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Friday, 27 November 2015

Coming to Terms with Odessa Ukraine: How Maidan Reshaped the Ukrainian Diaspora





Canadian Cossacks at Dauphin's Canadian National Ukrainian Festival, 2011.


For over a century Ukrainians facing economic deprivation and political instability have left their homeland to find work in distant countries. As successive waves of mass migration gained momentum Ukrainian communities emerged in Europe, North America and even farther afield. From its very beginning, Ukrainian emigration to Europe and North America in the nineteenth century took place in parallel with the first attempts by Ukrainian intellectuals to construct a shared sense of nationhood. A Ukrainian nation-building project that hoped to unite divided territories through a shared linguistic and cultural heritage became intertwined with processes of transnational migration and community-building. This expanding Ukrainian diaspora played a key role in debates over Ukrainian identity as the boundaries of what constituted a possible territorial space for Ukrainian statehood remained contested.

Starting with clusters in Austria or Germany of so-called Ruthenians from Halychyna and Bukovyna who were heavily influenced by nascent forms of Ukrainian nationalism, by 1900 tens of thousands of migrants who self-identified as Ukrainians went on to settle in Canada and the United States. During the subsequent twenty years, war and revolution displaced further thousands of Ukrainians from the former Austrian-Hungarian lands as well as a fragmenting Russian empire, with the reach of Ukrainian diaspora networks spreading to Brazil, Argentina and Australia. These transnational communities became increasingly politicised, as political exiles including the followers of Hetman Skoropadsky, Nestor Makho or Simon Peltiura set up rival politcal structures in diaspora communities to gain recruits for the political comeback in Soviet-controlled Ukraine they pined for. 

This increased politicisation of disapora milieus was reinforced by particular patterns of migration experienced by Ukrainians from Halychyna and other parts of Ukraine controlled by Romania or Poland. In Canada in particular, the mass internment of citizens from Austro-Hungarian territories, including Ukrainians, helped reinforce the importance of community organisations working to protect members of the diaspora from the state. While most Ukrainians from these Western regions settled permanently in their new places of residence, a significant number engaged in circulatory migration to non-Soviet Ukraine until 1939. Individuals or even whole families would spend a few years in North America before returning to Halychyna or Bukovyna. In Europe intellectuals and labourers would regularly move back and forth between German, Austrian or French cities and their home regions. As various radical Organisation of Ukrainian Nationalist (OUN) factions rose to prominence in the 1920s, the ideas of influential figures aligned with the movement such as Stepan Bandera and Dmytro Dontsov began to spread to diaspora milieus. By 1939 the political life of the Ukrainian diaspora mirrored religious and political trends reshaping non-Soviet Ukraine. This dynamic helped to anchor a set of linguistic and ethno-nationalist assumptions about Ukrainian identity that shape the stance of most diaspora organisations to this day.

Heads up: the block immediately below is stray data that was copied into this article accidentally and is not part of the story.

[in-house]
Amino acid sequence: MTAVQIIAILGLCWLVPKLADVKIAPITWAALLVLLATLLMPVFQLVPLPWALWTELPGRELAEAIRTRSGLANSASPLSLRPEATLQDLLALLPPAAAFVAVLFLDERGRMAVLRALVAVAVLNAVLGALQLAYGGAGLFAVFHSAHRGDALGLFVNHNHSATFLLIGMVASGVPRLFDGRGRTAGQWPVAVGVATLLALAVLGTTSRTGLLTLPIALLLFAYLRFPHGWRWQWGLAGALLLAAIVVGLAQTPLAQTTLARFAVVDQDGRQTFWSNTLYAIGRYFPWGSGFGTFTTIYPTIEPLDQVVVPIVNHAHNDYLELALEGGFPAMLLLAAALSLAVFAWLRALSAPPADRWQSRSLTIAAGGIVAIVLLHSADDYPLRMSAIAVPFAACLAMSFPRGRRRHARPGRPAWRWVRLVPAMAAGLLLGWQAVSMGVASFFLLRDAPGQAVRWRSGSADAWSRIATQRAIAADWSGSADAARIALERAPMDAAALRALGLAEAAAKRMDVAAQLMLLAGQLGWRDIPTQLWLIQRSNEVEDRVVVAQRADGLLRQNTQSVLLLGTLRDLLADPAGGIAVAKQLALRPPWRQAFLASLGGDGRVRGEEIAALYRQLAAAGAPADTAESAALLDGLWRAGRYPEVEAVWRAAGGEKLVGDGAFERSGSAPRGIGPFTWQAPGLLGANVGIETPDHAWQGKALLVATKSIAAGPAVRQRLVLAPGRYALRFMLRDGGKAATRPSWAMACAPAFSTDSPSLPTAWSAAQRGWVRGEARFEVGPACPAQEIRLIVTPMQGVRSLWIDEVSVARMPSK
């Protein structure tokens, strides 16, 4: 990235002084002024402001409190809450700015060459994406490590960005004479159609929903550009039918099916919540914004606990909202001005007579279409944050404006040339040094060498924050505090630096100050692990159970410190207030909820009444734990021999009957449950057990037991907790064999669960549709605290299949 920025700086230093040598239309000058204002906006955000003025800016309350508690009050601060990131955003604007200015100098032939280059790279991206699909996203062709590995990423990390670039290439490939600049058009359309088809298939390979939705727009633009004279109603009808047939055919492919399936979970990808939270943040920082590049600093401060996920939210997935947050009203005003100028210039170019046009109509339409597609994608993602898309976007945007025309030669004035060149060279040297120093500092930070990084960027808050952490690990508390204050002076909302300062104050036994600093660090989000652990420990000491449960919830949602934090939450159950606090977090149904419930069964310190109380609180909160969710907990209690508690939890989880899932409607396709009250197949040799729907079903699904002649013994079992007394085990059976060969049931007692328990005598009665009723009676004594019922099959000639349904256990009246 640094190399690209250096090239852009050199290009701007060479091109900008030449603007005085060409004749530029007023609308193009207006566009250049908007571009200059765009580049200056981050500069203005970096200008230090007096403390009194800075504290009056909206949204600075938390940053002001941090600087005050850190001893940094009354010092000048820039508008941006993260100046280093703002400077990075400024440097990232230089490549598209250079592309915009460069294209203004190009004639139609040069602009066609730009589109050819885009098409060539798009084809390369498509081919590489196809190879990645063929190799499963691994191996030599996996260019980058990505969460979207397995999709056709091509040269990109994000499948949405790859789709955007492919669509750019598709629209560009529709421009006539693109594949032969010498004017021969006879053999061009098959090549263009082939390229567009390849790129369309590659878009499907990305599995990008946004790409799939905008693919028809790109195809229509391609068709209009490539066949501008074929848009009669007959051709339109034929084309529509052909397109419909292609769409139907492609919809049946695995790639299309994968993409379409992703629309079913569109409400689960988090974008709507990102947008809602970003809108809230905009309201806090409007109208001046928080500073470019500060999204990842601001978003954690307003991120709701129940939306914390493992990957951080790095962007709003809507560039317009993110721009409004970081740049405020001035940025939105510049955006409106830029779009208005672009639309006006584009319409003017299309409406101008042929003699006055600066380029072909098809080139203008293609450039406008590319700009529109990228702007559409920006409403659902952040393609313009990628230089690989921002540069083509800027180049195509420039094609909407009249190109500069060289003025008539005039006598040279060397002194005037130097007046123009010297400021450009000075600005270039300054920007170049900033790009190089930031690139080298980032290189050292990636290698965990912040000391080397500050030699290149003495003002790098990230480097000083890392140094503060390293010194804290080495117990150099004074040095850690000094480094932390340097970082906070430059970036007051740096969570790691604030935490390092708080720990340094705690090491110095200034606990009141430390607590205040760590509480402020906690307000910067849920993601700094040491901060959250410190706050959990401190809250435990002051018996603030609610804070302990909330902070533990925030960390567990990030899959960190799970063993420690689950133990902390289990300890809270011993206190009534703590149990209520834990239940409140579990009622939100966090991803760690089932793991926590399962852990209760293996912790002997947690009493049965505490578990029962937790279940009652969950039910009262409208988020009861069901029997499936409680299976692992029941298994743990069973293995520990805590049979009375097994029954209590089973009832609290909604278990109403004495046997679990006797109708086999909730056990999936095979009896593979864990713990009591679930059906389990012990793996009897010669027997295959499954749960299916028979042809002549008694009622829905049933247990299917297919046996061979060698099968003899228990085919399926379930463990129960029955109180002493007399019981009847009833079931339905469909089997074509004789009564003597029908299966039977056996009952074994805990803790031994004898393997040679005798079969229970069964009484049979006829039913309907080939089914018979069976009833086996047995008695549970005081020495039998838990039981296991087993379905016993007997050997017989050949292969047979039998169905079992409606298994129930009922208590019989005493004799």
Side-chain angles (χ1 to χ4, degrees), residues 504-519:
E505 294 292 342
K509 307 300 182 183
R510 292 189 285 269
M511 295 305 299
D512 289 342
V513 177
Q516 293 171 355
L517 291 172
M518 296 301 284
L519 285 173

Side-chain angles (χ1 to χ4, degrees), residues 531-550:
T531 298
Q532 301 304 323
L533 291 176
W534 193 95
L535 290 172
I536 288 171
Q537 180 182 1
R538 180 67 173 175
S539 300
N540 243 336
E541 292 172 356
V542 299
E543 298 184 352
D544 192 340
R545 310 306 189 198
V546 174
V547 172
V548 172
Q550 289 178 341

The strong cultural cohesion of Ukrainian communities in North America meant that their institutions were in a position to integrate a large influx of refugees that fled Ukraine after the Second World War. The arrival of many supporters of the OUN and the Ukrainian Patriotic Army (UPA) who had fought Germans, Soviets and Poles in turn helped reinforce a romanticised ethno-nationalist historical narrative in churches, Sunday schools and youth movements such as CYM (Спілка Української Молоді/Ukrainian Youth Organisation) or the Plast scouting federation. Stepan Bandera's presence in Munich until his assassination in 1958 and Dmytro Dontsov's exile in Montreal until his death in 1973 meant that diaspora milieus came into direct contact with the dominant figures of interwar Ukrainian nationalist thought. Though a surprising number of Ukrainian-Canadians and Ukrainian-Americans were able to visit Soviet Ukraine after the mid-1960s, the barriers to regular interaction between Ukraine and its diaspora led to significant cultural divergences between the two sides. In Germany, communities that were predominantly the product of refugee migration contained many senior OUN/UPA activists. Strong community ties with West European conservative movements and security services reinforced deep hostility to any aspect of Soviet society right up until the collapse of the USSR.


Cold War texts promoting the Ukrainian national cause

Nevertheless, the collapse of the Soviet Union had a very different impact on the diaspora in Germany than on Ukrainian communities in North America. Though both Canada and the United States saw renewed growth in immigrant numbers from Ukraine, it did not fundamentally reshape community institutions. By contrast in Germany a numerically smaller community was overwhelmed by new immigrants that continued to circulate back and forth between Ukraine and the cities they had moved to in a way that would have been impossible before 1990. As a consequence, while North American diasporas only had a limited degree of contact with the cultural and political context of post-Soviet Ukraine many of the tensions over language, identity and national myth that were a crucial feature of 1990s Ukrainian politics had a strong impact on the internal development of communities in the EU.